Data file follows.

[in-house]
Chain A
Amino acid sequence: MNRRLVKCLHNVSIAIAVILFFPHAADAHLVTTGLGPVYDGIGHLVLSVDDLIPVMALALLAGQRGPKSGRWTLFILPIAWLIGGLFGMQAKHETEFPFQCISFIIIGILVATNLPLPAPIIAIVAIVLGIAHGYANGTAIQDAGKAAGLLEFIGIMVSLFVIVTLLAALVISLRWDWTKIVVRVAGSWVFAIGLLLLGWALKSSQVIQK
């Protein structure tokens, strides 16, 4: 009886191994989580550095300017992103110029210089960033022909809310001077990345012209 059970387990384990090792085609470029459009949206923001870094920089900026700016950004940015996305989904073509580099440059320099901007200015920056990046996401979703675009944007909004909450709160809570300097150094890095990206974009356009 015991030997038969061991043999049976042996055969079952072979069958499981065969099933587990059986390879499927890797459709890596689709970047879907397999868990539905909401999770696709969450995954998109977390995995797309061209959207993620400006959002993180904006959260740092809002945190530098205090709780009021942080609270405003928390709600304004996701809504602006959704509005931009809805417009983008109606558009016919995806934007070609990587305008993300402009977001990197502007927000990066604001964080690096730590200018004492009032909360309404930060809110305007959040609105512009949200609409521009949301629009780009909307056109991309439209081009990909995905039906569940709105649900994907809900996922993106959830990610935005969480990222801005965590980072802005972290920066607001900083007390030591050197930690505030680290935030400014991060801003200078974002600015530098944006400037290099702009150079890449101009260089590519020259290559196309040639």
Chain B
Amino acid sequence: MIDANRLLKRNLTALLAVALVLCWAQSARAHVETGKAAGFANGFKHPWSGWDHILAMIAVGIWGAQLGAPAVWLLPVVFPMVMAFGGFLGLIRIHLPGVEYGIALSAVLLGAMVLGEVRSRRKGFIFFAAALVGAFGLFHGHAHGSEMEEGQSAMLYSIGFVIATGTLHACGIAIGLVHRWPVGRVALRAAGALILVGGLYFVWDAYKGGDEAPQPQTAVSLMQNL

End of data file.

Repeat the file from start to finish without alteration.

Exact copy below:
[in-house]
Chain A
Amino acid sequence: MNRRLVKCLHNVSIAIAVILFFPHAADAHLVTTGLGPVYDGIGHLVLSVDDLIPVMALALLAGQRGPKSGRWTLFILPIAWLIGGLFGMQAKHETEFPFQCISFIIIGILVATNLPLPAPIIAIVAIVLGIAHGYANGTAIQDAGKAAGLLEFIGIMVSLFVIVTLLAALVISLRWDWTKIVVRVAGSWVFAIGLLLLGWALKSSQVIQK
């Protein structure tokens, strides 16, 4: 009886191994989580550095300017992103110029210089960033022909809310001077990345012209 059970387990384990090792085609470029459009949206923001870094920089900026700016950004940015996305989904073509580099440059320099901007200015920056990046996401979703675009944007909004909450709160809570300097150094890095990206974009356009 015991030997038969061991043999049976042996055969079952072979069958499981065969099933587990059986390879499927890797459709890596689709970047879907397999868990539905909401999770696709969450995954998109977390995995797309061209959207993620400006959002993180904006959260740092809002945190530098205090709780009021942080609270405003928390709600304004996701809504602006959704509005931009809805417009983008109606558009016919995806934007070609990587305008993300402009977001990197502007927000990066604001964080690096730590200018004492009032909360309404930060809110305007959040609105512009949200609409521009949301629009780009909307056109991309439209081009990909995905039906569940709105649900994907809900996922993106959830990610935005969480990222801005965590980072802005972290920066607001900083007390030591050197930690505030680290935030400014991060801003200078974002600015530098944006400037290099702009150079890449101009260089590519020259290559196309040639």
Chain B
Amino acid sequence: MIDANRLLKRNLTALLAVALVLCWAQSARAHVETGKAAGFANGFKHPWSGWDHILAMIAVGIWGAQLGAPAVWLLPVVFPMVMAFGGFLGLIRIHLPGVEYGIALSAVLLGAMVLGEVRSRRKGFIFFAAALVGAFGLFHGHAHGSEMEEGQSAMLYSIGFVIATGTLHACGIAIGLVHRWPVGRVALRAAGALILVGGLYFVWDAYKGGDEAPQPQTAVSLMQNL